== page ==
We have had very strange weather this year, at least in Kaloko Mauka. It’s usually our dry winter season, but we had rains almost every day. Kona generally looks a bit dry, but this year it’s lush and green. From what we hear, the windward side is sunnier than usual. The old adage that Mars roars like a lion and leaves like a lamb may no longer be the norm.
This is the official month in which spring officially occurs. For plant lovers, it’s time to find some exciting new additions to homes and gardens. So for one stop, check out the Big Island Association of Nurserymen sponsored horticultural display and sale at Edith Kanaka’ole Stadium in Hilo on February 28-29.
It is the largest salon and sale on the island. Now in its 40th year, it promises a wide variety of flowering and fruit trees, orchids, air plants, succulents, shrubs and ground covers in Hawaii.
Expert nurserymen will also be there to answer your gardening questions. For more information about the event, you can contact Sean Spellicy at 966-7169 or [email protected]
Regardless of climate change, remember that every tree, shrub, ground cover, and even grass is essential for sequestering carbon, thereby reducing carbon dioxide which is the main cause of record high temperatures.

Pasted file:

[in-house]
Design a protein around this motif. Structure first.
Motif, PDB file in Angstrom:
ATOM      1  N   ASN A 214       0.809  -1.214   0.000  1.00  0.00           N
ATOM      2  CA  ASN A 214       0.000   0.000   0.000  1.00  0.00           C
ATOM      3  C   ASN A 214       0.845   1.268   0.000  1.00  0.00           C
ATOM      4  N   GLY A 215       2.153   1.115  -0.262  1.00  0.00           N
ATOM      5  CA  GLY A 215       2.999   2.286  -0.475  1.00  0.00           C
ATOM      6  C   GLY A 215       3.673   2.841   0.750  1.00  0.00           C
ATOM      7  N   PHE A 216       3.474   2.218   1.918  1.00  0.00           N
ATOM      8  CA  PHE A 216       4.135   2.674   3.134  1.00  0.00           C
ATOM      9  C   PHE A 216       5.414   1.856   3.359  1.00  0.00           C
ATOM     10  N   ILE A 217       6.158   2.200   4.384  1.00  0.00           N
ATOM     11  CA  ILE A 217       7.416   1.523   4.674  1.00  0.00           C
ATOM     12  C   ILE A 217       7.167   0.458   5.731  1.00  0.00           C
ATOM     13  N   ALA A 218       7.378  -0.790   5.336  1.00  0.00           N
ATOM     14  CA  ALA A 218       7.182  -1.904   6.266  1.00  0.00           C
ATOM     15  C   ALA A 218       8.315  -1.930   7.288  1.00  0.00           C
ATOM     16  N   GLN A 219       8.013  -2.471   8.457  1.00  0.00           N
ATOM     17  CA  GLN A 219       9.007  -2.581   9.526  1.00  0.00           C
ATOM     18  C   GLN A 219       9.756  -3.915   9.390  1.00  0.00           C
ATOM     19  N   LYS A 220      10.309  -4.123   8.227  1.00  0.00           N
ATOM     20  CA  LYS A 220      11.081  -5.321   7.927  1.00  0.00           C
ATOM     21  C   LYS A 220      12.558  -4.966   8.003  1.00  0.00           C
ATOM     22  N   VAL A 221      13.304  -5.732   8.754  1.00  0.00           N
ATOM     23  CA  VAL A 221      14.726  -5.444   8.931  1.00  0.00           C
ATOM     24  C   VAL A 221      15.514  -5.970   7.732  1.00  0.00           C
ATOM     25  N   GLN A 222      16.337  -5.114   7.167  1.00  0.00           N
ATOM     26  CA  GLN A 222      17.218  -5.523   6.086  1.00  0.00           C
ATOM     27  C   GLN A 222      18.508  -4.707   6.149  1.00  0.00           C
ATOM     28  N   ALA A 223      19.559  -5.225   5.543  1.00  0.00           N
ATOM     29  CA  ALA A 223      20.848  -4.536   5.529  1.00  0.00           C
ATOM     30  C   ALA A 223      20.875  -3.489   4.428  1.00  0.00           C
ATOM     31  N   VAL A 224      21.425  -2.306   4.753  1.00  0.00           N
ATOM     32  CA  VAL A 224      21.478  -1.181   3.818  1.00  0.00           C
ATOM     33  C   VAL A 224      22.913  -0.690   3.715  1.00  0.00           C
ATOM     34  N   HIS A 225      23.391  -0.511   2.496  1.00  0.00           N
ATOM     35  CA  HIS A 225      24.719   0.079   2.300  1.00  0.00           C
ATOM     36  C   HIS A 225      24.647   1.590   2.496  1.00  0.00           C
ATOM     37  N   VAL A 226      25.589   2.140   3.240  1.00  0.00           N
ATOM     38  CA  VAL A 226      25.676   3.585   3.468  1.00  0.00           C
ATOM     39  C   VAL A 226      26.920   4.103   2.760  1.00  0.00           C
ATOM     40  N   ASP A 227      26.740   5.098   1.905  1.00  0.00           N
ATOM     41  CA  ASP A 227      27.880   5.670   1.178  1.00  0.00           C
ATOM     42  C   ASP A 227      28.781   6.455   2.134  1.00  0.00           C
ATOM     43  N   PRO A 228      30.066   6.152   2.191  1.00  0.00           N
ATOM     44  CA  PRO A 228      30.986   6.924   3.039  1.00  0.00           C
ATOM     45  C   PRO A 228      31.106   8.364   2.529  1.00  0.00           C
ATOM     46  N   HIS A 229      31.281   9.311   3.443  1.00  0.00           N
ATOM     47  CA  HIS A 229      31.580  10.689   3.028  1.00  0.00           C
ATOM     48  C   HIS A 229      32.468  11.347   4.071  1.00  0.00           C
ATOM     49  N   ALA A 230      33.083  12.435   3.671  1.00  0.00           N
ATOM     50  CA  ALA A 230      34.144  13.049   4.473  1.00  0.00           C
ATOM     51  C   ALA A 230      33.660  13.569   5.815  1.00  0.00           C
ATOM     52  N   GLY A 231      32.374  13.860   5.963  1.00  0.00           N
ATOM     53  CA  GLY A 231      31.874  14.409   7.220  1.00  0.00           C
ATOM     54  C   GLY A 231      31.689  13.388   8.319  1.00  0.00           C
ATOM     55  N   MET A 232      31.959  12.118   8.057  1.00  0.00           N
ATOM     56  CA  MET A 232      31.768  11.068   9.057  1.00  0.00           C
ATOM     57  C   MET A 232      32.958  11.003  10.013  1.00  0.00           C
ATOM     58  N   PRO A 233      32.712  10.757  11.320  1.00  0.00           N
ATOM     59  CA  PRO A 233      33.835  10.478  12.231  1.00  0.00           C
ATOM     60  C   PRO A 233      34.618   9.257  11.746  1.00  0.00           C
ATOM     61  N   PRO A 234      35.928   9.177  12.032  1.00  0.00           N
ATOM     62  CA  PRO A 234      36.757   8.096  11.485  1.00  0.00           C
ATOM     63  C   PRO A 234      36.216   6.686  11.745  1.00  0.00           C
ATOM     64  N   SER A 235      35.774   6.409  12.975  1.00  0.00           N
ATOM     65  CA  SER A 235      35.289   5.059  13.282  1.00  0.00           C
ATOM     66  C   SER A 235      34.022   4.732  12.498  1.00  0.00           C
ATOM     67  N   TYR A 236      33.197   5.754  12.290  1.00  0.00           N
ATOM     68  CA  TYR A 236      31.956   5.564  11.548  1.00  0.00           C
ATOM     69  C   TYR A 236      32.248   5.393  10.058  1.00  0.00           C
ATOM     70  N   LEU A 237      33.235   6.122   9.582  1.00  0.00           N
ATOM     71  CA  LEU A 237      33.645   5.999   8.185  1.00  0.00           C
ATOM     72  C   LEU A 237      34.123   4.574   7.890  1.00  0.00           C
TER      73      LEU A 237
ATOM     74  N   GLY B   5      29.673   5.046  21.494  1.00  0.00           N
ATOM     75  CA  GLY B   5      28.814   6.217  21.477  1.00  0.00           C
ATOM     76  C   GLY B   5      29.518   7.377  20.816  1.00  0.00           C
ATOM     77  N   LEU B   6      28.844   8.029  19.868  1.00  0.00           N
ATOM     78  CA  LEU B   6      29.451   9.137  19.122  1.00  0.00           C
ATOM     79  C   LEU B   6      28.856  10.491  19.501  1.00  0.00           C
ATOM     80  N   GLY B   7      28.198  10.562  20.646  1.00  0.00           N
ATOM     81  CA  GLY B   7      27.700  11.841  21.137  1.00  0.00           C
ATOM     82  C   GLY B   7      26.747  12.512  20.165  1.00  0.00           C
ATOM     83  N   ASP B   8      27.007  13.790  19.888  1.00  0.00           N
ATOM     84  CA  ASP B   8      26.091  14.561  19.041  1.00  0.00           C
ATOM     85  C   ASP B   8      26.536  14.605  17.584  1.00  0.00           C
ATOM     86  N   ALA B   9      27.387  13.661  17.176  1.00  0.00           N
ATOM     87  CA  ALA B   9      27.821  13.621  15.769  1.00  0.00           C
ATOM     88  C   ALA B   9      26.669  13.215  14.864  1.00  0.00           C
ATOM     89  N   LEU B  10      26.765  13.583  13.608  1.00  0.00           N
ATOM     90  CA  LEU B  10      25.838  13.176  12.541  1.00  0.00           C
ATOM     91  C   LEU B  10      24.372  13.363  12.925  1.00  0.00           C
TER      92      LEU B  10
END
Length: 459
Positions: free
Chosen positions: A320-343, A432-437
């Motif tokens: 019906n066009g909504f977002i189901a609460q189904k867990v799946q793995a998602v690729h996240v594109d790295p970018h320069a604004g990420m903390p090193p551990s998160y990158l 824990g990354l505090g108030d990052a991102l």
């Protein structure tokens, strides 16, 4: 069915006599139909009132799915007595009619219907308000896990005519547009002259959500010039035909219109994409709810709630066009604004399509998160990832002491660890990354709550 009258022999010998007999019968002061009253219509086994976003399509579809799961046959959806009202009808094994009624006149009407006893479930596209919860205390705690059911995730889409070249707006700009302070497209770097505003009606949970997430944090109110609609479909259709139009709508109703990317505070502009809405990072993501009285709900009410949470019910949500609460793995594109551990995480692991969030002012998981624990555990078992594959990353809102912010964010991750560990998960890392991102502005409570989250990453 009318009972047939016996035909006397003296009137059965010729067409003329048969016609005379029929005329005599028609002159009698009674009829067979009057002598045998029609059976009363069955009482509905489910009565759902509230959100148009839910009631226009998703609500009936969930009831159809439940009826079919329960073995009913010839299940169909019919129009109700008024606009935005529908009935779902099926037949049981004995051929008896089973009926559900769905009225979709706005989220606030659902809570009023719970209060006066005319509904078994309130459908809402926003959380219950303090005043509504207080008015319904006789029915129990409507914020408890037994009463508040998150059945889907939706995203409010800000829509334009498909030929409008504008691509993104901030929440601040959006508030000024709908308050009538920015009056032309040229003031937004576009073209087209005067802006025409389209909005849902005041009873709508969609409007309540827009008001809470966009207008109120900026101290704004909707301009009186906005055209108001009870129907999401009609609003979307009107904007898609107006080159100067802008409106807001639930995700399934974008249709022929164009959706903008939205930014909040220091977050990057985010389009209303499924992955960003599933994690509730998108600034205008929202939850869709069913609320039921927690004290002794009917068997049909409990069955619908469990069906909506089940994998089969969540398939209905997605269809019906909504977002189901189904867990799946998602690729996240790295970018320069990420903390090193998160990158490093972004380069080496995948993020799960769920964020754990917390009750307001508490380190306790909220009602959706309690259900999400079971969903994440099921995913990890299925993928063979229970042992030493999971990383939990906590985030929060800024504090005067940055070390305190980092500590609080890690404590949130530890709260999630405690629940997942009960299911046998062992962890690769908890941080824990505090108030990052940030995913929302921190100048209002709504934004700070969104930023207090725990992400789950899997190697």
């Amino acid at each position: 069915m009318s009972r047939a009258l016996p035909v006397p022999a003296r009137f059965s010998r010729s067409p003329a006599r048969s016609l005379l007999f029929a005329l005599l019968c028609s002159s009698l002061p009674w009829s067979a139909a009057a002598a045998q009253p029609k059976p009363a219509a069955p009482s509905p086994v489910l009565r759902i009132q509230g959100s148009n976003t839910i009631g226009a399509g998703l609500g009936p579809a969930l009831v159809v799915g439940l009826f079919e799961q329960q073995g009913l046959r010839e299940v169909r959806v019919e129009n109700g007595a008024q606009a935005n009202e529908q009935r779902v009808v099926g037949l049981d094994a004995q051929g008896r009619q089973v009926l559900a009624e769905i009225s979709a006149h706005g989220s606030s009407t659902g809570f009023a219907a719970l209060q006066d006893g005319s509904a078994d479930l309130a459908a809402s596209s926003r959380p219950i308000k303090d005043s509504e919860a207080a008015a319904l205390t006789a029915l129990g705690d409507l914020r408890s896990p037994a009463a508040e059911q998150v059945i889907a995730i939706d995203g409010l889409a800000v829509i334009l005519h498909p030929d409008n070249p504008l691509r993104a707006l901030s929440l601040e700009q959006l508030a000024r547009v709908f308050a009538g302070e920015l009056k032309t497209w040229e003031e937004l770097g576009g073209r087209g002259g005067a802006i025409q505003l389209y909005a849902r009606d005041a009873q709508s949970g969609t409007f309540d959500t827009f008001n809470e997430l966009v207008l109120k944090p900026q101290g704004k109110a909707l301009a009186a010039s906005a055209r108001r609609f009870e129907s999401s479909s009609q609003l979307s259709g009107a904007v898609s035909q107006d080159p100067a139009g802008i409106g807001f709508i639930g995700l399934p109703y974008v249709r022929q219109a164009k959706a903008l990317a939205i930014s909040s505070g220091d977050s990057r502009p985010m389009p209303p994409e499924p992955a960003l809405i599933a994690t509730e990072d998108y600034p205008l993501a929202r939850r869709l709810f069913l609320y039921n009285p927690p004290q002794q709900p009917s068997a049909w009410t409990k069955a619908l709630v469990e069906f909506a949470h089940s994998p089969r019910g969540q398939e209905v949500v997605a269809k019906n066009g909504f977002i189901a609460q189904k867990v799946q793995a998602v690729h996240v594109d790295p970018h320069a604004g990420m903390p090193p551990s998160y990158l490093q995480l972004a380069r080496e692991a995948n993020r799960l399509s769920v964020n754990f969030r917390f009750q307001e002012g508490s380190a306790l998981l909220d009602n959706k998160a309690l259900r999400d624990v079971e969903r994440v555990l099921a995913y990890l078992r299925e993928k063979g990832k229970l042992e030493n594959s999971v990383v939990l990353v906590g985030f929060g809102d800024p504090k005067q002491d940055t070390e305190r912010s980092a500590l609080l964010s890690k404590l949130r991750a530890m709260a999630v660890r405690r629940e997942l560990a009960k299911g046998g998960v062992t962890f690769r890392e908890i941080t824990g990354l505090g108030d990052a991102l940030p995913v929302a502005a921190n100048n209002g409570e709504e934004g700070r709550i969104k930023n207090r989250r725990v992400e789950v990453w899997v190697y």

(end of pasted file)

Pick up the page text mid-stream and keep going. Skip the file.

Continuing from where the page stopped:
Landscaping with trees and shrubs also increases oxygen levels in the atmosphere. When we add more plants to our landscapes, we slow down the damage caused by global warming a bit.
Survey your home, garden, and community to see where we can increase vegetation. Chain link fences are ideal for supporting colorful flowering vines.
These gravel and ash beds could easily be dressed with attractive shrubs. Use your imagination to create a greener, more enjoyable living space.
Planters at this week’s show and sale are happy to help with your landscaping projects.
For more information, contact your UHCTAHR Master Gardener helpline. The phone number in Kona is 322-4893 and 981-5199 in Hilo.